Now that my daughter Rachael has become a mother, I’m afraid she’s going systematically crazy from debilitating exhaustion. Now when I was a child, my mother left me outdoors for hours where I could eat dirt and bugs. We ate hot dogs and if we dropped one on the floor mom said, “Eat it. In this house, we have the 10-minute rule.” Today’s mother would be online flogged then blogged about for such behaviour.

Today’s mother is expected to feed her 1.5 children a diet fortified by sugar-free, gluten-free, dairy-free, peanut-free, calorie-free, pesticide-free, free range, hand-shucked lettuce leaves. Today’s young mother must ensure that her child’s physical, emotional, spiritual, social, academic, intellectual, environmental and nutritional needs are met while learning the alphabet and being potty-trained by his or her first birthday. She must be primed at any moment to speak with acumen on the pros and cons of formula, onesies, vaccinations, and the many uses of coconut oil. She must keep her child processed-foods-free, plastic-free, and screen-free.

Now, being a parent in any generation has been a time-consuming, hair-raising, sleep-depriving experience. If you doubt this, try starting your stove using only wood and flint then laundering your cloth diapers by beating them with a stick while fending off wolves. Still, I don’t think any generation would envy what you’re up against. And so, my darling daughter Rachael with a toddler and a newborn, I hope you won’t mind if I tell you something. Maybe three somethings.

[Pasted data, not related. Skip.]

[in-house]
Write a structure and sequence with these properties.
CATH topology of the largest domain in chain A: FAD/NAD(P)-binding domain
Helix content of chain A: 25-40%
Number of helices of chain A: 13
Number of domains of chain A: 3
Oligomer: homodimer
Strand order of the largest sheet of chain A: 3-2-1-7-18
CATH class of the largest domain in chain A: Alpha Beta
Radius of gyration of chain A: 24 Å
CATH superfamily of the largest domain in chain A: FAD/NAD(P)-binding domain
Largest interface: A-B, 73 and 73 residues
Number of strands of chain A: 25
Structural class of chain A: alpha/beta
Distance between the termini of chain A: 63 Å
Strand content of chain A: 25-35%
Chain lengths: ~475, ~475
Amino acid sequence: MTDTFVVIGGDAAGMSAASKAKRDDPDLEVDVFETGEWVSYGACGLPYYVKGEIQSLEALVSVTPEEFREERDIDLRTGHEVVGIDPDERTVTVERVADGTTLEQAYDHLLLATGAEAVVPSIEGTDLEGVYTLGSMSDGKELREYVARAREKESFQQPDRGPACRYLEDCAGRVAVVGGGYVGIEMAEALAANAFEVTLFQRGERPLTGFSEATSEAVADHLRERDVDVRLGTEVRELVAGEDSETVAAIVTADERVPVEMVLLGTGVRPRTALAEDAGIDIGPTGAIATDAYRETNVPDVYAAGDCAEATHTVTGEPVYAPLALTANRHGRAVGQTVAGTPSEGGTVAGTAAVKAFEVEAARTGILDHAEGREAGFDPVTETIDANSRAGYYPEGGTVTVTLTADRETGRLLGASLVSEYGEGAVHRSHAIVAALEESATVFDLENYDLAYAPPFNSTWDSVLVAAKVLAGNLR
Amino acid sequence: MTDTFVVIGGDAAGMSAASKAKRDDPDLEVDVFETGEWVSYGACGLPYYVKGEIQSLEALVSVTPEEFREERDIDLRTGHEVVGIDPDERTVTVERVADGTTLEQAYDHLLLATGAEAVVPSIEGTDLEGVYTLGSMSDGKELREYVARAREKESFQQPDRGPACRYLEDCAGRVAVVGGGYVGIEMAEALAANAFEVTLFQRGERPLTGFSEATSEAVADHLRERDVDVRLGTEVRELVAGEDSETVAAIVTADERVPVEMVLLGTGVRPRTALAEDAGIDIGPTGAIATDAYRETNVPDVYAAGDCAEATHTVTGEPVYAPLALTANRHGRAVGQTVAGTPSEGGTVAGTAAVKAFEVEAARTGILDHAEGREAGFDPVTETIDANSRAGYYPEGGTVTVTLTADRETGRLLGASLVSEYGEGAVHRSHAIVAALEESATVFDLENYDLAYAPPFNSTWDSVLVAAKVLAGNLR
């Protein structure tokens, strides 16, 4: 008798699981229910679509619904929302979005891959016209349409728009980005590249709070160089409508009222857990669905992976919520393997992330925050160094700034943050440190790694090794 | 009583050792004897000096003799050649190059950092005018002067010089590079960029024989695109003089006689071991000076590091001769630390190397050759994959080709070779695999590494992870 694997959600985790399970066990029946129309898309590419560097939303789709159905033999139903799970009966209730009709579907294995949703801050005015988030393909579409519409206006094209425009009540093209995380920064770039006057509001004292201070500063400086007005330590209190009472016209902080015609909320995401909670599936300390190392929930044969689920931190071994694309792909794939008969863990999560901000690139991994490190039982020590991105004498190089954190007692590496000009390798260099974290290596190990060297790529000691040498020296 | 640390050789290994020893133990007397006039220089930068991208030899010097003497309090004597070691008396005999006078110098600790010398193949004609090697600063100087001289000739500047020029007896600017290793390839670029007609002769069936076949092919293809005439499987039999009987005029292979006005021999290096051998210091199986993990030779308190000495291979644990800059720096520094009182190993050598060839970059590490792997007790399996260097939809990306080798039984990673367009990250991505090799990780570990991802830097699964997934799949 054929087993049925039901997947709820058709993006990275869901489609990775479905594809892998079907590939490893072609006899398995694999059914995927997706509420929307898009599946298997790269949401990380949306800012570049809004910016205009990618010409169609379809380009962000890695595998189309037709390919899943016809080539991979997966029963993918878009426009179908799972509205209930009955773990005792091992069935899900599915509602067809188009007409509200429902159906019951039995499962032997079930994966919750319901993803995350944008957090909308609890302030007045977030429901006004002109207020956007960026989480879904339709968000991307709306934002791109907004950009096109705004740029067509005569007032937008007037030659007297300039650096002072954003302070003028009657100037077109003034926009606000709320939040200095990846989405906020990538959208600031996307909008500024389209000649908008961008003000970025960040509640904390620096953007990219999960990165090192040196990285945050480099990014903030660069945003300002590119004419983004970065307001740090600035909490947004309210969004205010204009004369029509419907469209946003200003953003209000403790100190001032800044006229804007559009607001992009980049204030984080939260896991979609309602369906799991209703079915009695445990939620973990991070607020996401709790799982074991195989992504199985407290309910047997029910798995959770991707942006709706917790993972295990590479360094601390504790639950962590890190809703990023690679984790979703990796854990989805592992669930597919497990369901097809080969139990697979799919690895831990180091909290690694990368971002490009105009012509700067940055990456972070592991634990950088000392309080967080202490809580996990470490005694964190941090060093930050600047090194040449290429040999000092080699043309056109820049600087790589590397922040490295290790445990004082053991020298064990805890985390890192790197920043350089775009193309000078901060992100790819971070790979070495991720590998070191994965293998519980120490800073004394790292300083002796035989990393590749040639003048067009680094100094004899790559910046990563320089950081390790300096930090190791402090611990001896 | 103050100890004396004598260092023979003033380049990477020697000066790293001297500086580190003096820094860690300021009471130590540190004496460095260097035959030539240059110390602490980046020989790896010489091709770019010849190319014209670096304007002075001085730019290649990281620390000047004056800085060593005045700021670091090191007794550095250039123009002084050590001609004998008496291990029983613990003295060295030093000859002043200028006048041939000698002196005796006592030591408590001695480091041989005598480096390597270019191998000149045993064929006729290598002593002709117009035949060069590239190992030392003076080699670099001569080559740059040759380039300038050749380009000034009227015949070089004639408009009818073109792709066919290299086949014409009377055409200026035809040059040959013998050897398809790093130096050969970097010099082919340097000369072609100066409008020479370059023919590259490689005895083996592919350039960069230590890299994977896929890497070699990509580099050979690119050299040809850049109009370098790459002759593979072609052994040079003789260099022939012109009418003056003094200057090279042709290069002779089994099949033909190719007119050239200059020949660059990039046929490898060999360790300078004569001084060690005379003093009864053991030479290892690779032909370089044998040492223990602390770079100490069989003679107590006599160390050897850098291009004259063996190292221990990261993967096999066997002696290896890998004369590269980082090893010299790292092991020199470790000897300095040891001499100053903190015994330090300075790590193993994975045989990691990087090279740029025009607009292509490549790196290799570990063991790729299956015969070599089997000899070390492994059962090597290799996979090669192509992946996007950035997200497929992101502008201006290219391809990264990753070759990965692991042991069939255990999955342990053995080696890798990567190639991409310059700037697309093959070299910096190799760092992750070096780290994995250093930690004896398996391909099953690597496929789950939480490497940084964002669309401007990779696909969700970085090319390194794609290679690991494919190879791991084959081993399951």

1. You can do this. You are engaged in one of the most vital missions on earth. Your muscles and nerves will throb, but you’re up to this. You can nap in spurts. You can eat while doing laundry. You can keep your sense of humour amid screaming, griping and raging guilt that threatens to steal your joy. And one day you will see your toes when you climb on the scales, and you will sleep 90 minutes in a row and say, “That wasn’t so bad. I have no idea how, but I lived.”
2. You will be tempted to compare. Don’t. Forget other mothers whose profile pictures are perfect, whose kids are fully dressed by lunchtime. Forget a spotless house, a perfect perm, a finished to-do list, the caramelized figs with beef wellington. Dare to not compare.
3. Lean on God. Confide in Him. He loves you and smiles on you. Psalm 28:7 is a theme verse for tired mamas: “The Lord is my strength and my shield. My heart trusts in Him and I am helped.”

Hang in there. You are loving these babies and pointing them heavenward, so lighten up and laugh. And remember: you haven’t yet put dishes in the stroller and little Judah in the dishwasher. You are awesome.